What is the best icon design software to use in your work? Do you really need so much?
When the first graphic interfaces appeared, and nobody knew about “icon design” as a specialty, icons were small and monochrome as displays. With higher screen resolutions, the number of icons and the colors in them have grown considerably.
Initially, only a simple graphic editor, such as MS Paint, was enough for icon development. But in less than 20 years icons have become so numerous and multicolor that for the creation of one icon you may need an arsenal of software tools. Today’s 512x512px icon can be a real work of art, and its creation requires a designer who not only can draw, but who also has a serious set of technical skills.
So which icon design software can and must be used to create a beautiful modern icon? The process begins from a sketch drawing. It can be done without any software on a napkin. But I usually use Adobe Photoshop and the pen tablet for these purposes. This alliance allows me to produce quick “pencil” sketches and to make unlimited changes to them.
Often we need to create a complex three-dimensional object for an icon. And if you don’t have a classic art education or problems with a perspective frighten you, 3D-editors will help. I like to use them when I need a three-dimensional letter or number for an icon, because I can be sure that any font will look right in a required projection.
I prefer to use Rhinoceros for making three-dimensional models. It is easy to learn and you can even start to work immediately after its opening without preparation, because most basic operations can be done from the simple intuitive interface. But if you want to work with colors, lights and textures, it’s better to use something more serious, such as 3D Max. 3D models can be very complex and sophisticated. But with properly exposed light and chosen textures, such a model requires just a little touch up and some effects, and the icon is ready. Or they can be very simple and skeletal, just giving a view of the proper perspective, proportions and relative positions of objects. It all depends on the skills and goals of the designer.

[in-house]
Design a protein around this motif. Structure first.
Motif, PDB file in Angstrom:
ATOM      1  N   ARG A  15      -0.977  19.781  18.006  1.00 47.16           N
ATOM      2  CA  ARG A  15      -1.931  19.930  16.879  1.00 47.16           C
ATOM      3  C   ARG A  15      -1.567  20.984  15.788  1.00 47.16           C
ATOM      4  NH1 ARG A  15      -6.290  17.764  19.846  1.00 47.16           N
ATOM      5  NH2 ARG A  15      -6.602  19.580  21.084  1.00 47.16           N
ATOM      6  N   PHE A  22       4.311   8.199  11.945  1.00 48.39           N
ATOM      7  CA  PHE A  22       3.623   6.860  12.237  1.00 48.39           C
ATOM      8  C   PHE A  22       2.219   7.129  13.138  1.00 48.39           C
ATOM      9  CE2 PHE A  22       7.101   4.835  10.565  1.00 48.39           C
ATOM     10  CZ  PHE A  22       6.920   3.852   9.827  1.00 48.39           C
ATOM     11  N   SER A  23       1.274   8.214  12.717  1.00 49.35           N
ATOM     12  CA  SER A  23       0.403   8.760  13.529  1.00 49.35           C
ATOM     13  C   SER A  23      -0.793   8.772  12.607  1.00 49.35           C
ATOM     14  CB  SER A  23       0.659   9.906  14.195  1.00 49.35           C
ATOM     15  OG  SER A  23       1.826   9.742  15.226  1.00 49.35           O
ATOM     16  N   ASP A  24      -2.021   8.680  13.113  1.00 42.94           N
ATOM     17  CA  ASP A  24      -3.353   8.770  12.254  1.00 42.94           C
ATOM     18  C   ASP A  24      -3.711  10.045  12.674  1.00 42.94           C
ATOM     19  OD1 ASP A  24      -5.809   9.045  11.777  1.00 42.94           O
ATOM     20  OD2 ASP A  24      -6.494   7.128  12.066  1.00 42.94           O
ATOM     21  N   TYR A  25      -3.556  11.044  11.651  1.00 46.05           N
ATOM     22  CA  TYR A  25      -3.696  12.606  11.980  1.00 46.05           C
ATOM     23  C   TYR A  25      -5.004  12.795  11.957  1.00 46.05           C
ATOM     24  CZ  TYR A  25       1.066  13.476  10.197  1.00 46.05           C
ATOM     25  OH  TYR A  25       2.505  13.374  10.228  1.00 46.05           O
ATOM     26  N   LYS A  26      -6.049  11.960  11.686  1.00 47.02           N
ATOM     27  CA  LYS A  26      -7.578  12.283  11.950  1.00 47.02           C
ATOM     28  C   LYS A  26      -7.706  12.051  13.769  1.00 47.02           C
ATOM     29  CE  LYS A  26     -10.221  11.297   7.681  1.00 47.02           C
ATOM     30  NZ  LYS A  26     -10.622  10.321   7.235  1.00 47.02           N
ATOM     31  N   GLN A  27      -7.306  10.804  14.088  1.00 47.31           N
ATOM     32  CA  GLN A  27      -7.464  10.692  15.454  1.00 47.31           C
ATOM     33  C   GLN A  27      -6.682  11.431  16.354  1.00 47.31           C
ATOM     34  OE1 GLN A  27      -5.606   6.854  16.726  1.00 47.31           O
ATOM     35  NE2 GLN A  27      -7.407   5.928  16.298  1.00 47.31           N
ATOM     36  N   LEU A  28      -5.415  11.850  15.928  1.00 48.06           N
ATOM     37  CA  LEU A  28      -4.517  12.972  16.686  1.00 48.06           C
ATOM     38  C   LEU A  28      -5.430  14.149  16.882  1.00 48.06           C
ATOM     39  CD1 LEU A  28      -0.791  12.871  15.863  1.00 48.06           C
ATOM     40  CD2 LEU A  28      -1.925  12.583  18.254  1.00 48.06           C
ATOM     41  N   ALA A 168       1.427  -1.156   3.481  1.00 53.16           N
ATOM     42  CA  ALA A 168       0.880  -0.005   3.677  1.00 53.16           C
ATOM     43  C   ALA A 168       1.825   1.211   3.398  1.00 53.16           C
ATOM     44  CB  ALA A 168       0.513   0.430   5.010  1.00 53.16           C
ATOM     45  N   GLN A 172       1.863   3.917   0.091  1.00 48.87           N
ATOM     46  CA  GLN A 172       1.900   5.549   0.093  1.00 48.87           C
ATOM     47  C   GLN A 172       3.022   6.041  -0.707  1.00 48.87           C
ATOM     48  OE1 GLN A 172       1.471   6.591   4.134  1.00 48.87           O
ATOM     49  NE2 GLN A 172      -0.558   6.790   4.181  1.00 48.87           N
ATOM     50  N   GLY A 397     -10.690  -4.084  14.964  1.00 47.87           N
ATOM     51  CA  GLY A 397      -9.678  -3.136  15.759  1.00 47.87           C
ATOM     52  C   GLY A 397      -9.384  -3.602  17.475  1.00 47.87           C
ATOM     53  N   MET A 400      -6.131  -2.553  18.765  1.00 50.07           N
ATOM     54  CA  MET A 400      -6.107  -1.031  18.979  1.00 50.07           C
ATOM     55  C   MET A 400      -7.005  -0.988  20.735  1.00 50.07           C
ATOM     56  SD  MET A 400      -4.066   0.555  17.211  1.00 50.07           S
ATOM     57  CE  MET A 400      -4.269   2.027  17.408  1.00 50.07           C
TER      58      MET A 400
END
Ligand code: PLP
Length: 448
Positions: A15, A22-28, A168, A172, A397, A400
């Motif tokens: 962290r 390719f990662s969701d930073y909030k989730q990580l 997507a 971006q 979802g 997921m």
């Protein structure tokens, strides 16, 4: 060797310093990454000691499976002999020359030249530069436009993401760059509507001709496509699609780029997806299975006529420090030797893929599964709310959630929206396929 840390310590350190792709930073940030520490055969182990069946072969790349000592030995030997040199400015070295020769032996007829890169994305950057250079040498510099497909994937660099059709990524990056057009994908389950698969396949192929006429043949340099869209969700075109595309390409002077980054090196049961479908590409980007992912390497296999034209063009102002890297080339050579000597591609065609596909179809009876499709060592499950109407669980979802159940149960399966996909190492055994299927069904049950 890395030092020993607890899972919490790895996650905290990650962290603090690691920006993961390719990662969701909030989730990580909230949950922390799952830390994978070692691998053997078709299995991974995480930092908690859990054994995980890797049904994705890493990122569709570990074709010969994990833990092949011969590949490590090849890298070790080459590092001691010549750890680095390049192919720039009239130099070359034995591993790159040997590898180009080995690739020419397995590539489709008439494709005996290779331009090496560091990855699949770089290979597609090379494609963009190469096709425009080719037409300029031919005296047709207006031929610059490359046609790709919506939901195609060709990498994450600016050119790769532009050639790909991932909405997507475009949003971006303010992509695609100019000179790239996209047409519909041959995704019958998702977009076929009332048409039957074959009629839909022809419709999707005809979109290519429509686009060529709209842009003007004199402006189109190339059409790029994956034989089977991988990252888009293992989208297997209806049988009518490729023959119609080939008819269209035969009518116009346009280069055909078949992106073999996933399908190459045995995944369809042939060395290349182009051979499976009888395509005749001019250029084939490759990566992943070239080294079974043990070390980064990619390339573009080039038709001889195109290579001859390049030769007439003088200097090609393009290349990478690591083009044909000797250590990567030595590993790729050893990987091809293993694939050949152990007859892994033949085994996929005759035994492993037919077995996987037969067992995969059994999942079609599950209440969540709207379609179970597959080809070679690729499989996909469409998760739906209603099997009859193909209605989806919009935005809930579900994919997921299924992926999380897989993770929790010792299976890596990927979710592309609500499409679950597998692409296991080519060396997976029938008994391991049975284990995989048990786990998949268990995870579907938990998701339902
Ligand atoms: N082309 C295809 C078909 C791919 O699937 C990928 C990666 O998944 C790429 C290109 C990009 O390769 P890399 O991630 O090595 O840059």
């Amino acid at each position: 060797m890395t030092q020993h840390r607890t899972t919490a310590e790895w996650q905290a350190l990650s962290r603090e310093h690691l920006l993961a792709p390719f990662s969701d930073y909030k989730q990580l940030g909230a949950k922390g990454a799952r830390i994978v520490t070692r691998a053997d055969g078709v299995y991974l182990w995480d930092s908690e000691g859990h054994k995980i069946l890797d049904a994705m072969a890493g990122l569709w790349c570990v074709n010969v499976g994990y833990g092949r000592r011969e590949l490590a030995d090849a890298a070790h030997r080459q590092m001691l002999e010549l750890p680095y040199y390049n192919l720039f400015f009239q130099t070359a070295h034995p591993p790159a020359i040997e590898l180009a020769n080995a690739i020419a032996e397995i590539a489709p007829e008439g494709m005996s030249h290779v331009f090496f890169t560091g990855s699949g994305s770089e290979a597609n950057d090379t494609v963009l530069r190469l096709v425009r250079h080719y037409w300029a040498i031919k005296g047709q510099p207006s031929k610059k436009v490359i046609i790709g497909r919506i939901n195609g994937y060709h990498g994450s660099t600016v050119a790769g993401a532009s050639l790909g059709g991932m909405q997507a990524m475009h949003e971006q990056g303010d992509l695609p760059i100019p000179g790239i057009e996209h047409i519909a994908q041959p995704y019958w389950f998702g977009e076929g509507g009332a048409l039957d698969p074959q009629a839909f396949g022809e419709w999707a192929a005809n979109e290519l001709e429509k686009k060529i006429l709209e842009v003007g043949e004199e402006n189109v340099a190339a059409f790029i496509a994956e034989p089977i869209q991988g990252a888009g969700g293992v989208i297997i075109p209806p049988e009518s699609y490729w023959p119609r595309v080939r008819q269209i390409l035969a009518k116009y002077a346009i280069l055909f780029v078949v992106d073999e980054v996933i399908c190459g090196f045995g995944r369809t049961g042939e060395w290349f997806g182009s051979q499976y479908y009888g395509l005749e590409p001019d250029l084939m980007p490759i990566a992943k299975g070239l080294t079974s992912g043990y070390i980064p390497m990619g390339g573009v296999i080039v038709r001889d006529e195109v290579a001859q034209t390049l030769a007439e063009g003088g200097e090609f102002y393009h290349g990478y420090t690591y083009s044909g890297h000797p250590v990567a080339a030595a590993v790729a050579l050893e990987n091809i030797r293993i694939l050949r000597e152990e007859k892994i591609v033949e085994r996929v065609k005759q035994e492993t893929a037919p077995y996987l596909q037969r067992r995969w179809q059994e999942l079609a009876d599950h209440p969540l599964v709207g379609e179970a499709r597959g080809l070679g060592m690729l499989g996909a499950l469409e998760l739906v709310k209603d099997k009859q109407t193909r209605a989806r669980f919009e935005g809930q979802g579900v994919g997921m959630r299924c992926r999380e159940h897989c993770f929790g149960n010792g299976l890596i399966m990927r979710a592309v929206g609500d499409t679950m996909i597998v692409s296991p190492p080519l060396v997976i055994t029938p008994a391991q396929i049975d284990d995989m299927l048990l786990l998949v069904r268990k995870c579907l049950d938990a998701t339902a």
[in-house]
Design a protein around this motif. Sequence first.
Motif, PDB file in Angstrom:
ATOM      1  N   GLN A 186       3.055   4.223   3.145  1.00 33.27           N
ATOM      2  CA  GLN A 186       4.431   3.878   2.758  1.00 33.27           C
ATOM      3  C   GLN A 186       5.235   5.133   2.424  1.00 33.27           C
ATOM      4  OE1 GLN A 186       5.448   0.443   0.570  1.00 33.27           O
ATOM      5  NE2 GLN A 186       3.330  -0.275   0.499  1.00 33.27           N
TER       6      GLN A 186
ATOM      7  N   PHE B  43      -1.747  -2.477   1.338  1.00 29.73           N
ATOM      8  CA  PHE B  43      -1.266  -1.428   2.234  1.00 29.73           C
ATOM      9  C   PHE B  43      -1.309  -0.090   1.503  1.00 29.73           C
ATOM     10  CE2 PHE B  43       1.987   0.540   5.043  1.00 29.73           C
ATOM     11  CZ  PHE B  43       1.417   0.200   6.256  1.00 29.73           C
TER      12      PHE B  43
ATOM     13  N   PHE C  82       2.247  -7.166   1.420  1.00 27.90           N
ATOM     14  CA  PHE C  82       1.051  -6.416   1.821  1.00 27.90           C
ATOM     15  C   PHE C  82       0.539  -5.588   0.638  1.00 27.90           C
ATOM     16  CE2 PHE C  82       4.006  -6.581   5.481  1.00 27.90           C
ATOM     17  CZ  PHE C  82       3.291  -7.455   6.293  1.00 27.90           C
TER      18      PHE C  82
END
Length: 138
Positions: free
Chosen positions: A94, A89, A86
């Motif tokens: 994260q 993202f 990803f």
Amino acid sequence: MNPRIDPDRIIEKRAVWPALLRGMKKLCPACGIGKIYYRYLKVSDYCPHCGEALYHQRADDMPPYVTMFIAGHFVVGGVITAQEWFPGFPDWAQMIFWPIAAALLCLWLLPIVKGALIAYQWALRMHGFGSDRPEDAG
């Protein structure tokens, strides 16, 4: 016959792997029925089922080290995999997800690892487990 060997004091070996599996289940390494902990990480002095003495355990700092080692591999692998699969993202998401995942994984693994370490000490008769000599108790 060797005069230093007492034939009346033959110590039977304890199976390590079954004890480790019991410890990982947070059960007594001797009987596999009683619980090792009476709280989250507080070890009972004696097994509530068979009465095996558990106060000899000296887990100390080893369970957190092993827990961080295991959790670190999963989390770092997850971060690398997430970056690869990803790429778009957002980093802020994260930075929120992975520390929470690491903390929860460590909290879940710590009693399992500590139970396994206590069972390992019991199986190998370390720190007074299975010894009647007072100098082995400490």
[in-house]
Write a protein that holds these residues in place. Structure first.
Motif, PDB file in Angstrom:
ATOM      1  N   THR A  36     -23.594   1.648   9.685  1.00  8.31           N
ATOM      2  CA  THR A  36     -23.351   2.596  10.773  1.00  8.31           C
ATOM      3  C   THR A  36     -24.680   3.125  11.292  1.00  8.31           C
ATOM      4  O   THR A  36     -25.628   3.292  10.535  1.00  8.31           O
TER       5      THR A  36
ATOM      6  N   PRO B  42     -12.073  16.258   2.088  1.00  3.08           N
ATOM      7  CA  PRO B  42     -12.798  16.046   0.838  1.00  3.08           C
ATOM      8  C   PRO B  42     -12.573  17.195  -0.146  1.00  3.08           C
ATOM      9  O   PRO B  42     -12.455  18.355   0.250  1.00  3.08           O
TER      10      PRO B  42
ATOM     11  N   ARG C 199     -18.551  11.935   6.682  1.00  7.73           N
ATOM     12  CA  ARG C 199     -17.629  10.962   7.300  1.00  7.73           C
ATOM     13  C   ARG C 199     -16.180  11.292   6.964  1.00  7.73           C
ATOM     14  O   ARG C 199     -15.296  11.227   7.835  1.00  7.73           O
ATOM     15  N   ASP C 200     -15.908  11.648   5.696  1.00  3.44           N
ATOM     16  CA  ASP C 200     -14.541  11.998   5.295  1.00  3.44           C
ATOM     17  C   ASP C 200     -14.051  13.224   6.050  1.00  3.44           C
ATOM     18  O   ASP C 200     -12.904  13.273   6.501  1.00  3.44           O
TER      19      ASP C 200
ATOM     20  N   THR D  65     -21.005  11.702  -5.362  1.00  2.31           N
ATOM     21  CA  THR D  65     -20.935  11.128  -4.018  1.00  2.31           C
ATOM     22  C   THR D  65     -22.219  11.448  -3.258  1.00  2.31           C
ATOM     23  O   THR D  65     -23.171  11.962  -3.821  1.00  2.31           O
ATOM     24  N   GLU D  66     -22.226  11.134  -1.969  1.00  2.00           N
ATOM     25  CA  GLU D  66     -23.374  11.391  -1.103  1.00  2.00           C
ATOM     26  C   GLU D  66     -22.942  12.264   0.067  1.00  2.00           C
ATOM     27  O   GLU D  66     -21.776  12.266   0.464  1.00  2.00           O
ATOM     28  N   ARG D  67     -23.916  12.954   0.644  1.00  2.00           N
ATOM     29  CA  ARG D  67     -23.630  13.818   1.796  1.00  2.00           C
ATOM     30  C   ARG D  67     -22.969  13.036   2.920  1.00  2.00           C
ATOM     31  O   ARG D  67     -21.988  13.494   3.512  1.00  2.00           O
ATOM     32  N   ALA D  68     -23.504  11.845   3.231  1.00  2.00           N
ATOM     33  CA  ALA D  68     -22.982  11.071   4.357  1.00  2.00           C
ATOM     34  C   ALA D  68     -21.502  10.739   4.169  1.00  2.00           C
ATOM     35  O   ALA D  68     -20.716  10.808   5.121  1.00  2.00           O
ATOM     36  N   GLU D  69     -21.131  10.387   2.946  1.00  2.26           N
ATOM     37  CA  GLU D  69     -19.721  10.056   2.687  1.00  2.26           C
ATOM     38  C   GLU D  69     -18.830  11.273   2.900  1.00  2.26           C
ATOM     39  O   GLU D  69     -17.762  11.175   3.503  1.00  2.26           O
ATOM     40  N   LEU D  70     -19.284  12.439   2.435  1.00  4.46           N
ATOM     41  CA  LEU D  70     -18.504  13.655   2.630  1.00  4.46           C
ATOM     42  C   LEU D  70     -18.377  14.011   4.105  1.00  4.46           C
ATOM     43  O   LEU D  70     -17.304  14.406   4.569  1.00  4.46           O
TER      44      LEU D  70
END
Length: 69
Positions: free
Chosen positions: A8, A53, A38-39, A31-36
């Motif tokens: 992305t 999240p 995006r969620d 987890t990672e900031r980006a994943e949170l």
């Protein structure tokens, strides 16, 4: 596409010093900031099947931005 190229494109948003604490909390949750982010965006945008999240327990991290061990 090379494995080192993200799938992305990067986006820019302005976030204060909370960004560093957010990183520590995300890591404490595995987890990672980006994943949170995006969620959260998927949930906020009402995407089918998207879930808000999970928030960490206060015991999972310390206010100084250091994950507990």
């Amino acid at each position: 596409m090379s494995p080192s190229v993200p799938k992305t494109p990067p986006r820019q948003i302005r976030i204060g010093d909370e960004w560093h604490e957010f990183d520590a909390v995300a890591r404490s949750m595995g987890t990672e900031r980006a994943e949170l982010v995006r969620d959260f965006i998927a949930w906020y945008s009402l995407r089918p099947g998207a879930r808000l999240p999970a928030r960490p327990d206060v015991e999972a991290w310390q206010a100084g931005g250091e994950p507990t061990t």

When we have the sketch or the simple three-dimensional model we can start to create the base elements of an icon. It will be better if they are vectors, then we can easily scale the icon if several sizes are required. Any vector editor you are familiar with can be used for this.
After the creation, the base entities must be painted, and given volume and effects. Only in this way will the icon look perfect. For this goal, either a vector or raster editor can be used. Earlier on, this process looked like this for me: I made base elements in Adobe Illustrator and then transferred them as vector objects into Photoshop for painting and adding effects and textures. Now I make vector objects directly in Photoshop. This saves time and eliminates importing troubles. But if you are going to use both vector and raster editors, my advice is to look at the Illustrator-Fireworks pair. It will help facilitate import and avoid distortion of objects.
Some of my favorite icon designers use only vector icon design software to make their super realistic works. They create icons from the beginning till the end in Xara or Illustrator. And it does not spoil their works, but rather makes them more exciting.
The last stage in icon development is to export in .ico file format if necessary (.png format is widely used for icons now and it does not require special software for converting). Photoshop plug-in or special programs, such as IconWorkshop, can be used for this. You can read about IconWorkshop features in previous posts.
So, you can see that now my favorite icon design software toolkit includes:
- Rhinoceros for simple 3D models creation
- Adobe Photoshop for sketches, drawing icon elements, painting, adding effects
- IconWorkshop for .ico format producing
- Wacom Intuos tablet and skillful hands to make the work easier